Portfolio Disclosures and Year-End Price Shifts



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    • Wharton School, University of Pennsylvania. This article includes work from my dissertation at the University of Chicago. I thank my committee members—Kent Daniel, Milt Harris, Steve Kaplan, Raghu Rajan, and Rob Vishny—and especially chairman Doug Diamond. Additional helpful input came from Mike Barclay, Anne Gron, Bruce Grundy, Anil Kashyap, Don Keim, Josef Lakonishok, Anthony Lynch, Jay Ritter, Steve Ross, Rob Stambaugh, seminar participants at Chicago, Illinois, Michigan, Washington University, Wharton, Northwestern and Columbia, René Stulz (the editor), and an anonymous referee. All remaining errors and insights are mine. This research was supported by a grant from Dimensional Fund Advisors.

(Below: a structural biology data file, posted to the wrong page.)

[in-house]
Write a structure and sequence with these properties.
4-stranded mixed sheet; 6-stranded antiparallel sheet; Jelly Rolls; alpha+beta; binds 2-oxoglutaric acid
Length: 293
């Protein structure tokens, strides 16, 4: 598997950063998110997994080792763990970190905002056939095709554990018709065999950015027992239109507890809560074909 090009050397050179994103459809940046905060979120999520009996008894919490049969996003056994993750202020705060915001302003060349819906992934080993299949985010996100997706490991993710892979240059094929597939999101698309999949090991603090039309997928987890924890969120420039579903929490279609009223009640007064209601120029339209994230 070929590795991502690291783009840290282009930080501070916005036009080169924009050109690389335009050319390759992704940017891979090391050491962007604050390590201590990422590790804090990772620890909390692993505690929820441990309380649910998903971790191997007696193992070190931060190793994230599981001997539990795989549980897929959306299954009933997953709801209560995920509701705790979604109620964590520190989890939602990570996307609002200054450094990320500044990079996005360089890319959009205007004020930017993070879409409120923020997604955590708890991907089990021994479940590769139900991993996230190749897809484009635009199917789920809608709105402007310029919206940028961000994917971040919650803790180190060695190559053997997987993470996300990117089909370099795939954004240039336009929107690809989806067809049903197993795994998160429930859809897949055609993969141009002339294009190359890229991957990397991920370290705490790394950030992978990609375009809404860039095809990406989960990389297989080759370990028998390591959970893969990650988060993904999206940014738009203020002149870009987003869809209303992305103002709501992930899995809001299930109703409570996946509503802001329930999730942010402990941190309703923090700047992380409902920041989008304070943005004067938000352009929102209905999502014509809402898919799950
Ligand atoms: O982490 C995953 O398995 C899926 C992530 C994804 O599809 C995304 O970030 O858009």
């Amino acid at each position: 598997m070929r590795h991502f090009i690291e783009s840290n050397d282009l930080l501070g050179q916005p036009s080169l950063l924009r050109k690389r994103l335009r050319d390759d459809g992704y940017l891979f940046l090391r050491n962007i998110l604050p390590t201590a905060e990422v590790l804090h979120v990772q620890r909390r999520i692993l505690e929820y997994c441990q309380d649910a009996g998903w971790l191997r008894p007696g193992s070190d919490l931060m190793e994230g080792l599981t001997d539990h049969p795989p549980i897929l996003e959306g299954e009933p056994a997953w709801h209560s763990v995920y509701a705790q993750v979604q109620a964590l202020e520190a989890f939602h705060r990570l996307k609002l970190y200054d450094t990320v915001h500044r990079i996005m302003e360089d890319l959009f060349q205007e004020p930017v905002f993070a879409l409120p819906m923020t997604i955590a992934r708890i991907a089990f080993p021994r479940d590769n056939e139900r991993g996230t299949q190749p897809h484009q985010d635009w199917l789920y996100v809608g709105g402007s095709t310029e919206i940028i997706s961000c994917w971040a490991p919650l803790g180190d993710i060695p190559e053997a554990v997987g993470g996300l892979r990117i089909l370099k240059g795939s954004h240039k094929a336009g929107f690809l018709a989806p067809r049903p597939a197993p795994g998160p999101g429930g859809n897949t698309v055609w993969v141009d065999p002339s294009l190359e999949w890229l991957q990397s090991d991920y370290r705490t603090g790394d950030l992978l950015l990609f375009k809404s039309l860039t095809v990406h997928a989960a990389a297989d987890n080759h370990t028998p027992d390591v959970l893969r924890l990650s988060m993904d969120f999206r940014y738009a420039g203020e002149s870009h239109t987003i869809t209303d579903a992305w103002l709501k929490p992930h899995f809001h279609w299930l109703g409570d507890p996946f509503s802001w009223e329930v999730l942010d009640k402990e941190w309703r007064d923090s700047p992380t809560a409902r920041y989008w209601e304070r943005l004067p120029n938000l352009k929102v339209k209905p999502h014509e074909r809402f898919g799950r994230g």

Commercial paper sells at an extra discount if it matures in the next calendar year but Treasury bills do not. The discount is apparent in downward price shifts before the year-end, and upward price shifts at the turn of the year that are significantly correlated with the simultaneous returns to small stocks, and that cannot reflect tax-loss selling. Cross-sectional and time-series tests on prices, as well as low of funds evidence on trades by institutional investors, indicate that both the debt and equity patterns reflect agency problems related to portfolio disclosures.